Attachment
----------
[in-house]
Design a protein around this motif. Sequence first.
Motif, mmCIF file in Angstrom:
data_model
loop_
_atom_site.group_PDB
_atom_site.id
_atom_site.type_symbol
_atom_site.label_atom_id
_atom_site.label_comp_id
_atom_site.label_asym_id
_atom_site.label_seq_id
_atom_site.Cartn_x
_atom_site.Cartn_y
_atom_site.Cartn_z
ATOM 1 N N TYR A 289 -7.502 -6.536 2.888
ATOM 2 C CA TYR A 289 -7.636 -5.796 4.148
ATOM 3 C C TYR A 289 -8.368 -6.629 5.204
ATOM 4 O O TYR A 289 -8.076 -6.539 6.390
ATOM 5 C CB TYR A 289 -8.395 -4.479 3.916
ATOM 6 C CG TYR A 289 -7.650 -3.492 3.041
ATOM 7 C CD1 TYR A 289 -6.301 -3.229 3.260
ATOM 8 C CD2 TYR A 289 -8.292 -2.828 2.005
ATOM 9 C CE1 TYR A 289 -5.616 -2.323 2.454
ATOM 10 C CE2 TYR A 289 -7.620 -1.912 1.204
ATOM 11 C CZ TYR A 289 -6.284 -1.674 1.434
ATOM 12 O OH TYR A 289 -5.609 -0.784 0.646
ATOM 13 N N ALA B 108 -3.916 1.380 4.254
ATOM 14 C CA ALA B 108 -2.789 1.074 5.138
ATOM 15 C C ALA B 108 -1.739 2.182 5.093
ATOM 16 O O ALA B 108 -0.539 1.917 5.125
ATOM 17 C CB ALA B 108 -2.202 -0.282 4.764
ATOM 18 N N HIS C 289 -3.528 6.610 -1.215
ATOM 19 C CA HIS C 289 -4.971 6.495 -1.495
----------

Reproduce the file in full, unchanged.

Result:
[in-house]
Design a protein around this motif. Sequence first.
Motif, mmCIF file in Angstrom:
data_model
loop_
_atom_site.group_PDB
_atom_site.id
_atom_site.type_symbol
_atom_site.label_atom_id
_atom_site.label_comp_id
_atom_site.label_asym_id
_atom_site.label_seq_id
_atom_site.Cartn_x
_atom_site.Cartn_y
_atom_site.Cartn_z
ATOM 1 N N TYR A 289 -7.502 -6.536 2.888
ATOM 2 C CA TYR A 289 -7.636 -5.796 4.148
ATOM 3 C C TYR A 289 -8.368 -6.629 5.204
ATOM 4 O O TYR A 289 -8.076 -6.539 6.390
ATOM 5 C CB TYR A 289 -8.395 -4.479 3.916
ATOM 6 C CG TYR A 289 -7.650 -3.492 3.041
ATOM 7 C CD1 TYR A 289 -6.301 -3.229 3.260
ATOM 8 C CD2 TYR A 289 -8.292 -2.828 2.005
ATOM 9 C CE1 TYR A 289 -5.616 -2.323 2.454
ATOM 10 C CE2 TYR A 289 -7.620 -1.912 1.204
ATOM 11 C CZ TYR A 289 -6.284 -1.674 1.434
ATOM 12 O OH TYR A 289 -5.609 -0.784 0.646
ATOM 13 N N ALA B 108 -3.916 1.380 4.254
ATOM 14 C CA ALA B 108 -2.789 1.074 5.138
ATOM 15 C C ALA B 108 -1.739 2.182 5.093
ATOM 16 O O ALA B 108 -0.539 1.917 5.125
ATOM 17 C CB ALA B 108 -2.202 -0.282 4.764
ATOM 18 N N HIS C 289 -3.528 6.610 -1.215
ATOM 19 C CA HIS C 289 -4.971 6.495 -1.495